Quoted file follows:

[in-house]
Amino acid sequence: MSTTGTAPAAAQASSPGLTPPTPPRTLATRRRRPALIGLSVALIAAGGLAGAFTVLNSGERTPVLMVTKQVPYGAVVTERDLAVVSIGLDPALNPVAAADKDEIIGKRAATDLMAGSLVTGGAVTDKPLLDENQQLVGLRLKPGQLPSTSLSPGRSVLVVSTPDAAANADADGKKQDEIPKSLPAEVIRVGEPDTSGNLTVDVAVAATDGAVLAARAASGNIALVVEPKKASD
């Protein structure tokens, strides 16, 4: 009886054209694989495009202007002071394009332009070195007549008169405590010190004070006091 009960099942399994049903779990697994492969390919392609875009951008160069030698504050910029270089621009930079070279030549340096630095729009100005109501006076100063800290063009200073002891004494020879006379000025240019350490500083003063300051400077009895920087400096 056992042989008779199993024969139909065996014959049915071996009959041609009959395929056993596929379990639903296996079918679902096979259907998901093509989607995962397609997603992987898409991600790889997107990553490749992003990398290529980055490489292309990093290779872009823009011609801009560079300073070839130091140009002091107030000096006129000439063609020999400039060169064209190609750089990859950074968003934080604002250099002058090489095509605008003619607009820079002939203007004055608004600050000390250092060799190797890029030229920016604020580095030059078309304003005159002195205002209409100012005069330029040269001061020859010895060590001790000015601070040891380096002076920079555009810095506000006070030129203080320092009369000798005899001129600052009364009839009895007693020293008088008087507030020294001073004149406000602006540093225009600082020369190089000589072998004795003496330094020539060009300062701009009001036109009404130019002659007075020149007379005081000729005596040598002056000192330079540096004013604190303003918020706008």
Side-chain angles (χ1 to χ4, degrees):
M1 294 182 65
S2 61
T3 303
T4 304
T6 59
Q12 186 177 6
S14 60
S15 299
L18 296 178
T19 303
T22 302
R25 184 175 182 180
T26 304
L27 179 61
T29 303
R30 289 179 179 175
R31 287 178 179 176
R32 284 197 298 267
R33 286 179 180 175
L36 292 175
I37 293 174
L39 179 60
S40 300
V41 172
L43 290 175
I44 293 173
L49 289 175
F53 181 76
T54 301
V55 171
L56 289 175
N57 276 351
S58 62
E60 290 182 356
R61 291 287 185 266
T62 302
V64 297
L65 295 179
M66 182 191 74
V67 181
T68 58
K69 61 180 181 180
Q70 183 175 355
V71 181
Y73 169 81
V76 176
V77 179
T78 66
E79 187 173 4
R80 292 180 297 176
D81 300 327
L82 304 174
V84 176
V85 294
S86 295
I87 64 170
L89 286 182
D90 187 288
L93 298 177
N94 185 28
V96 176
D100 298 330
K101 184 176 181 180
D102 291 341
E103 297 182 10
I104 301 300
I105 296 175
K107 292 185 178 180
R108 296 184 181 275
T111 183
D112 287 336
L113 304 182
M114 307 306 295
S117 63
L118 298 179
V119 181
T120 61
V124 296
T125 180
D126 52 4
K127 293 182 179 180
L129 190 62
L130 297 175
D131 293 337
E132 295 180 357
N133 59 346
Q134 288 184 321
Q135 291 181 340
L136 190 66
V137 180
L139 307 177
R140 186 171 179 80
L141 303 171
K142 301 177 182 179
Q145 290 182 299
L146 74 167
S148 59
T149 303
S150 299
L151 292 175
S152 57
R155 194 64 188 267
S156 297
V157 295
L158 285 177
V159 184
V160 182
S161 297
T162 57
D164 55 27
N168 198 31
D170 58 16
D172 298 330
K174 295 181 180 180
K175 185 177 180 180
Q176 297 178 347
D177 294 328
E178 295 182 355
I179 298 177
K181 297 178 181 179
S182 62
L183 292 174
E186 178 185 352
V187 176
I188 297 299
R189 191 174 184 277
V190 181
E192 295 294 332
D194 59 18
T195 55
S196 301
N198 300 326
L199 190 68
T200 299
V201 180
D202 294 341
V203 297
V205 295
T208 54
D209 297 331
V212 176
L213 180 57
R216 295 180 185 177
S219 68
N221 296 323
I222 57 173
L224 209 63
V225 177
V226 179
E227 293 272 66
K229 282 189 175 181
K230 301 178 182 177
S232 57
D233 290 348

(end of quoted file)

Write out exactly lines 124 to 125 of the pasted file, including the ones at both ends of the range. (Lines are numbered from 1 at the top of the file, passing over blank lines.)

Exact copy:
K181 297 178 181 179
S182 62